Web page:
This article was originally published in February 2015 and has been updated.
You can’t sleep, can’t concentrate at work, and can’t even enjoy dinner with friends because you’re worried about work, debt and/or your marital/fertility status and everything else under the sun.
Come to think of it, what aren’t you worried about?
But when anxious thoughts replace everything else, including joy, optimism and even your relationships with friends and family it may be time to take decisive action. Fortunately, there are a number of practical steps that you can take to reduce anxiety and ease the burden of an overtaxed mind, says Michelle Trantina, a yoga teacher and the co-founder of My Yoga Online, the world’s largest online yoga website.
Here are six tips from Trantina that are designed to help reduce anxiety.
1. Get physical.
It may feel counterintuitive but, rather than stay at home and brood on your worries, it’s a far better idea to get out of your head and into your body. For Trantina, who started taking yoga in the 1990s, the practice of yoga provided an outlet for her to relieve tension in both her body and mind.
“Yoga is an amazing activity that provides exercise and benefits in addition to spiritual benefits,” she says. The poses, coupled with the deep breathing techniques that make yoga such a unique activity, can also help reduce the physical symptoms (shallow breathing, increased heart rate, muscle tension, racing thoughts) that come with distress.
2. Face your fears — safely.
Be brave; do a handstand. It may sound kooky, but a yoga class offers a safe space to practise facing your fears. If you’re terrified of doing a headstand or handstand, work yourself up to facing that fear through yoga. You may be surprised how facing a manageable fear on your yoga mat translates into the real world, whether at work with a difficult boss or at home in resolving an issue with a loved one.
“Letting ourselves get uncomfortable in a safe environment is a good thing. It’s also a good way to practise acceptance that there is both comfort and discomfort in life,” says Trantina.
3. Observe your thought patterns.
Don’t brood on your thoughts; meditate on them, advises Trantina. What’s the difference? Brooding is a reaction to upsetting thoughts, whereas meditation is simply a way to observe thought patterns.
“Meditation helps melt your tensions and leaves you with a relaxation effect that will help bring in positive thoughts,” says Trantina.
Find a quiet space in your house, close your eyes and focus on your breath. Notice the type of thoughts that keep coming up. Don’t react to them; simply notice your thought patterns and how they may be keeping you on a worry loop.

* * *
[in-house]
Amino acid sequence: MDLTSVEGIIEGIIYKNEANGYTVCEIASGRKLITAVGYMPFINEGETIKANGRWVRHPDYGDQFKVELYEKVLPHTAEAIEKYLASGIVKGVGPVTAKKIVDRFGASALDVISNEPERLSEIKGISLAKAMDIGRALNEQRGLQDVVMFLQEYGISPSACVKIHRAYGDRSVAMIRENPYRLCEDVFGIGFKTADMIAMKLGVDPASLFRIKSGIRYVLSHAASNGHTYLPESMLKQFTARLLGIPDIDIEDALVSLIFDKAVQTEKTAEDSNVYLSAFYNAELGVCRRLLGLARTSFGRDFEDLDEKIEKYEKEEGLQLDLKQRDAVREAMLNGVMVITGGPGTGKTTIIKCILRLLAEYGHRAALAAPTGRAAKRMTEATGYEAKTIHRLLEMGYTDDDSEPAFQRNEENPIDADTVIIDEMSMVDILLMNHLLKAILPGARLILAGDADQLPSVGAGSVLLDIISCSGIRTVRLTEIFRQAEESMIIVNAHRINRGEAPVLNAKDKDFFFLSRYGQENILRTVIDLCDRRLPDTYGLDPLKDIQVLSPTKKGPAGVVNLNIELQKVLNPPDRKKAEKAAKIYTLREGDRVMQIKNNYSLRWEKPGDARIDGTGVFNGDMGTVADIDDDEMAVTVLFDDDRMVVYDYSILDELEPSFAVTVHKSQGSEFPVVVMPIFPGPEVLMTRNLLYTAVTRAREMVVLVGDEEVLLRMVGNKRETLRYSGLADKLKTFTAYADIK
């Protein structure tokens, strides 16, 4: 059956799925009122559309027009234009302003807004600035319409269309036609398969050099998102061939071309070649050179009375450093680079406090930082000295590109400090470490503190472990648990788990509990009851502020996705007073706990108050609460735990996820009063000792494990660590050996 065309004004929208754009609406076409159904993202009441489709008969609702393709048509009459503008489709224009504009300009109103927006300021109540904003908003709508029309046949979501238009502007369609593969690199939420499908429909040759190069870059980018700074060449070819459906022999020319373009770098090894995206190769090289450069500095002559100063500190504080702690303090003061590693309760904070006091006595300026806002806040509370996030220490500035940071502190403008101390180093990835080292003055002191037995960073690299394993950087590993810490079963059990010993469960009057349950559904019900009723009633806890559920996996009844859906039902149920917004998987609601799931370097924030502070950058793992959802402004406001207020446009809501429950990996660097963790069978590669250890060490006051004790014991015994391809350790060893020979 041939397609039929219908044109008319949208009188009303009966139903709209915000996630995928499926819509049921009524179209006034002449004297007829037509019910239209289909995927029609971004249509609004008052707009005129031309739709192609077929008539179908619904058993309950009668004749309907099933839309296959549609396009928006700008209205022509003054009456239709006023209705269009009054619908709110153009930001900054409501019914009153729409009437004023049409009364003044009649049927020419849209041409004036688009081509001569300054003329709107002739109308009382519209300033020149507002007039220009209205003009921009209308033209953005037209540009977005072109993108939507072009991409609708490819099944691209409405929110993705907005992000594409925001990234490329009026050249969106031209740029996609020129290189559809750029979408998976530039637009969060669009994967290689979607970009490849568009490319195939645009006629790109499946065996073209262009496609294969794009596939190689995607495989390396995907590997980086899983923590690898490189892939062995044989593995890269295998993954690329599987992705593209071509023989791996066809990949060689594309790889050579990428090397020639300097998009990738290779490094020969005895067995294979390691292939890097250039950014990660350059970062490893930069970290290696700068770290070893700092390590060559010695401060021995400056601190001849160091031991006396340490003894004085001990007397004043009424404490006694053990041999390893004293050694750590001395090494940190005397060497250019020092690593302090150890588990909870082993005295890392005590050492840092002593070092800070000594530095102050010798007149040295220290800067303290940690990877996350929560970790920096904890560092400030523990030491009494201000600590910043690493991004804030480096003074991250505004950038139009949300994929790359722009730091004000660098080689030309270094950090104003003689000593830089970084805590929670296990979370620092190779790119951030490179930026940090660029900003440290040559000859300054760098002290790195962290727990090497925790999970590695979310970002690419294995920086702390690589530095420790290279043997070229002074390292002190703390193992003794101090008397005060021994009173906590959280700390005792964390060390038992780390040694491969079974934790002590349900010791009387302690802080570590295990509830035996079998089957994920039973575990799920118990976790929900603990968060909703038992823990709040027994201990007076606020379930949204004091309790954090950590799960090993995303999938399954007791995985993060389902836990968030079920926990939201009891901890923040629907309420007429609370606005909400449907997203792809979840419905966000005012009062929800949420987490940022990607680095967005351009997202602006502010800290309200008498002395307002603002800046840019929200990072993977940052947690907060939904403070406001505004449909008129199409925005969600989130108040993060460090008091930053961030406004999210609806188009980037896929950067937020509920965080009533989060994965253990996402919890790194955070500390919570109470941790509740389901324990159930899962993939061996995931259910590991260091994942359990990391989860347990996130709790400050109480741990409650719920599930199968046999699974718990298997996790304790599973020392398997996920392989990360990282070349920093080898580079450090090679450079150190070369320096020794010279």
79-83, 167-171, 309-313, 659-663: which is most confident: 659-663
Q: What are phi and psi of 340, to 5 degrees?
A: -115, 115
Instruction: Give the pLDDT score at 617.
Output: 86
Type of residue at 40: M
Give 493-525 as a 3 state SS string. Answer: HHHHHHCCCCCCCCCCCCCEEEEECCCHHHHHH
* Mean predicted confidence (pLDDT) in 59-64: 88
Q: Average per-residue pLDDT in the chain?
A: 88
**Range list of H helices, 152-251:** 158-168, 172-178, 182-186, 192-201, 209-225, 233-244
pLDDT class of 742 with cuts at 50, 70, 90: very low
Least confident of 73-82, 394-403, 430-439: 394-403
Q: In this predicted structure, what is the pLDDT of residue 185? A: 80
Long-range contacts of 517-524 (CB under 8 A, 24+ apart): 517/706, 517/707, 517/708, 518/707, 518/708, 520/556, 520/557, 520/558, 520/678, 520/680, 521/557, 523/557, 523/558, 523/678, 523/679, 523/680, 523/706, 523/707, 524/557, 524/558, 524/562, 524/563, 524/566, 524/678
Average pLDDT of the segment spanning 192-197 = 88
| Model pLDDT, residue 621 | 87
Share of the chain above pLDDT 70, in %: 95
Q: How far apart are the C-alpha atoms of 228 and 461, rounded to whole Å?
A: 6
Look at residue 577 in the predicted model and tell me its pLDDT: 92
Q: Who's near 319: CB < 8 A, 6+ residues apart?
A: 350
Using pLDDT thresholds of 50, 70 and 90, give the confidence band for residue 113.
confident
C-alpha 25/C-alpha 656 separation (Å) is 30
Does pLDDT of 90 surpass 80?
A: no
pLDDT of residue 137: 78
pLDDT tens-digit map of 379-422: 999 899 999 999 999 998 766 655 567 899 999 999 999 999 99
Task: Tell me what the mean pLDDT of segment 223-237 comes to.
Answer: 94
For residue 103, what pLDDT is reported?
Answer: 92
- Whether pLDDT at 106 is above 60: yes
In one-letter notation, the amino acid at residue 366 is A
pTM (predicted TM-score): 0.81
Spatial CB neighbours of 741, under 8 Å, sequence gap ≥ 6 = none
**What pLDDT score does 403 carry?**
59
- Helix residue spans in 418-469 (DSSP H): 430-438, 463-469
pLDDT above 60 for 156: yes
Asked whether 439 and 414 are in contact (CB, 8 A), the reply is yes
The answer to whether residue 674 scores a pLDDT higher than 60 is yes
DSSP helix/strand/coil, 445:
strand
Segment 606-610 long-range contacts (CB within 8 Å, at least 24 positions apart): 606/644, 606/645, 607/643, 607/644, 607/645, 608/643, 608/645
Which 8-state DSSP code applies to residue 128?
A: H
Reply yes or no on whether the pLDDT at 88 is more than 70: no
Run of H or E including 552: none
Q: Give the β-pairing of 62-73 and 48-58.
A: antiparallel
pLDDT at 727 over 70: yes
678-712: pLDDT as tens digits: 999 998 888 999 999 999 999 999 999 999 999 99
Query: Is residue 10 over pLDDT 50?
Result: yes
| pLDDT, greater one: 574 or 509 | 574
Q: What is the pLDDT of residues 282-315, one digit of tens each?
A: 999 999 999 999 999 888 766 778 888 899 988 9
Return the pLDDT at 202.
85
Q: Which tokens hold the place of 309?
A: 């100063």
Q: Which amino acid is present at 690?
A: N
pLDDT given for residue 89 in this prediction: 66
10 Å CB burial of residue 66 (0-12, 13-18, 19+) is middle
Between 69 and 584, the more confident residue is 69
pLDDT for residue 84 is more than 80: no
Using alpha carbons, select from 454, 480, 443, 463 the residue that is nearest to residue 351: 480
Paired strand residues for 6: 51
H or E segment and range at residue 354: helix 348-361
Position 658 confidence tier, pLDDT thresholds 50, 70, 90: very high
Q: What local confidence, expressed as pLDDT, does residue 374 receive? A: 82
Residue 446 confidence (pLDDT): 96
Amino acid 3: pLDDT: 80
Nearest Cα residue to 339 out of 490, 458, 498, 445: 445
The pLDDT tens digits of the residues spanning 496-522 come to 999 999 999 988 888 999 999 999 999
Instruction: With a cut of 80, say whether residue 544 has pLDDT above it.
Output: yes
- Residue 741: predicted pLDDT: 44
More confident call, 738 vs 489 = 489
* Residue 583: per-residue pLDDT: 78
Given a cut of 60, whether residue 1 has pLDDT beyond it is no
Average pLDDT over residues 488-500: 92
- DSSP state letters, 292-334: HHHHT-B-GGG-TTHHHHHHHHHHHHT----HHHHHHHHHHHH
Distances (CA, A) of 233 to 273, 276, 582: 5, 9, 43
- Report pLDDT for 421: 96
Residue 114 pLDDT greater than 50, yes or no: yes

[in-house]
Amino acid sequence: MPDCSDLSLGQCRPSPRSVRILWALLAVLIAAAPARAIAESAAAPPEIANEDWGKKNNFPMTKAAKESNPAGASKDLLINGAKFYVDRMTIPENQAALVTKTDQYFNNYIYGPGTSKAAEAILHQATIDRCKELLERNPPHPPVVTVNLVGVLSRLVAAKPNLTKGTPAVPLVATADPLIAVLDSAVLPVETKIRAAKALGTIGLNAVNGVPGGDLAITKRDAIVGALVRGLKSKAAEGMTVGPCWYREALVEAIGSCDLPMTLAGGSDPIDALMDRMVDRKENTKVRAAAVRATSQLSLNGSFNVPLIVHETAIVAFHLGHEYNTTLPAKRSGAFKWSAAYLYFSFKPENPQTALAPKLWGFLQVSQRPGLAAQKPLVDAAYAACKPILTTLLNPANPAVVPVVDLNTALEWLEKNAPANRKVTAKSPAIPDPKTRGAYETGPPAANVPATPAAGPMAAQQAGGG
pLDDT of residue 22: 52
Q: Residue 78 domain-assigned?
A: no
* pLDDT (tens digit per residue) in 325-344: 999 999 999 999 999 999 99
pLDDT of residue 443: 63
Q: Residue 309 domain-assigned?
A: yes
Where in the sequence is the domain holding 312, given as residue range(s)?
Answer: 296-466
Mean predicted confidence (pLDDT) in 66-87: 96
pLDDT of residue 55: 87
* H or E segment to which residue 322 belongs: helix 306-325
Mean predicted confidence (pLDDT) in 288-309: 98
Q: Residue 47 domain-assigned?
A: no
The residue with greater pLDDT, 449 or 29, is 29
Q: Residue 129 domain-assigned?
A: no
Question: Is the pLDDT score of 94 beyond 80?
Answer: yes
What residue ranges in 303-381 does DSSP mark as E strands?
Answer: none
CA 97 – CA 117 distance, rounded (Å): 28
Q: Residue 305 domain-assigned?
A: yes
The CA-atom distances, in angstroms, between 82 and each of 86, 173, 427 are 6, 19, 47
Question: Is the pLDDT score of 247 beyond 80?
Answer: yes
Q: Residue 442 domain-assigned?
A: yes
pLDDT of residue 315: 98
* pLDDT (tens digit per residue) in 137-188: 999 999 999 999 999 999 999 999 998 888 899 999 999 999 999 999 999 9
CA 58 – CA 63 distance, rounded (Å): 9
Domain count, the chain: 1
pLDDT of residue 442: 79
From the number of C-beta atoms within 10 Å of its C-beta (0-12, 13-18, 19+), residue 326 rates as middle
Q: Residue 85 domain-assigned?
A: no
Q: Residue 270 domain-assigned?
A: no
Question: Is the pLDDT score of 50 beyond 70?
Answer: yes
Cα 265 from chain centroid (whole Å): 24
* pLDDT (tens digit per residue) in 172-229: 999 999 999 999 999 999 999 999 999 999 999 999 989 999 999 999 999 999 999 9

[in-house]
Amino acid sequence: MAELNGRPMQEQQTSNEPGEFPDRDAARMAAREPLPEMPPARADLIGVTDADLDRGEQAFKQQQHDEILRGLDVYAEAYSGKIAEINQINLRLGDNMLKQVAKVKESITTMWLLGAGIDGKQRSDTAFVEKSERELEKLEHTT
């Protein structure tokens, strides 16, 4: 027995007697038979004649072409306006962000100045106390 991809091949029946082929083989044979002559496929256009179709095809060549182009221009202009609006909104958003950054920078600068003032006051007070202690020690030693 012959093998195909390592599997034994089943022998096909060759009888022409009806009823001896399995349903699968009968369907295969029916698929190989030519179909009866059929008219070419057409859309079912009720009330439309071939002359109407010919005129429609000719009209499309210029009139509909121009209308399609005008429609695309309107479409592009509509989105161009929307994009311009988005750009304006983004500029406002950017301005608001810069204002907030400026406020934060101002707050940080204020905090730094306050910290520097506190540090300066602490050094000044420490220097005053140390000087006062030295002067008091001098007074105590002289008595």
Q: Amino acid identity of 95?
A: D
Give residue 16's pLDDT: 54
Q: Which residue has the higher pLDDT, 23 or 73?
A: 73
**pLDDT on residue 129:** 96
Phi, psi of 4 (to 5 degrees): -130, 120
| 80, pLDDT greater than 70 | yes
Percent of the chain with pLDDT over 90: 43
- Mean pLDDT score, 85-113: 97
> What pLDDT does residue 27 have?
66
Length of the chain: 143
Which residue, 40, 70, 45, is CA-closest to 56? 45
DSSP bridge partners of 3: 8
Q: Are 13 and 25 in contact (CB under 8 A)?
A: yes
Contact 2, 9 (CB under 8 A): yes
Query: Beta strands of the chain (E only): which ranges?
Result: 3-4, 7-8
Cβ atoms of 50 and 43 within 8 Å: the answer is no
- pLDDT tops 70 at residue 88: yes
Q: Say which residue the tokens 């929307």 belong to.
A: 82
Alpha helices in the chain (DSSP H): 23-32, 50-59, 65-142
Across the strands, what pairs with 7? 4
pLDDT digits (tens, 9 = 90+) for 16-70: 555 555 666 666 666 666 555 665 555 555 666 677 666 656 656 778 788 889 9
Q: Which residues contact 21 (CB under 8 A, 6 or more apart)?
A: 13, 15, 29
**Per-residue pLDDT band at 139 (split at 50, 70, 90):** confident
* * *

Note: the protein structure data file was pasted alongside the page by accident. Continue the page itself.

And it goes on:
Trantina offers a guided meditation on thoughts here.
4. Breathe it out.
Whether in meditation, at home, or on the subway during rush hour, use conscious breathing exercises to calm down when you’re feeling overwhelmed.
“Don’t fight your feelings, breathe through them,” says Trantina. It may sound silly, but by breathing deeply through our distress we can go a long way toward calming ourselves. Breathing consciously, “ensures you’re not hyperventilating and will help to regain the Co2 (carbon dioxide) balance in your body that creates many of the worst anxiety symptoms.”
Try this breathing exercise from Trantina: Breathe in slowly and gently through your nose for five seconds. Hold your breath for three seconds. Breathe out slowly and gently through pursed lips for seven seconds. Repeat.
5. Live in the moment.
We spend a lot of time dwelling on the sorrows or slights of the past and fearing the future and its endless unknowns, but too little time enjoying the present. One way to keep your mind in the present tense is to celebrate small but meaningful moments throughout the day, says Trantina.
“Celebrating small wins throughout the day forces you to live in the moment and prevents you from dwelling in the past or fearing the future.”
You may feel like a goof, but give yourself a mental pat on the back for getting up early to go for a jog, or being patient with your least favourite colleague. Another way to enjoy the present: have a laugh. “Laughing increases blood flow, bringing more oxygen and nutrients to our organs and tissues, and decreases stress hormones,” says Trantina.
6. Share your experiences.
“Chatting with someone about your anxiety is a great way to stay on track and remain encouraged on your journey to overcome [it],” says Trantina.
More importantly, when you open up to a friend or join a community forum where others are openly sharing their thoughts and feelings you take away one important lesson: you’re not alone.
Click here for two weeks of free yoga from myyogaonline.com. Tell us, does yoga help you manage stress?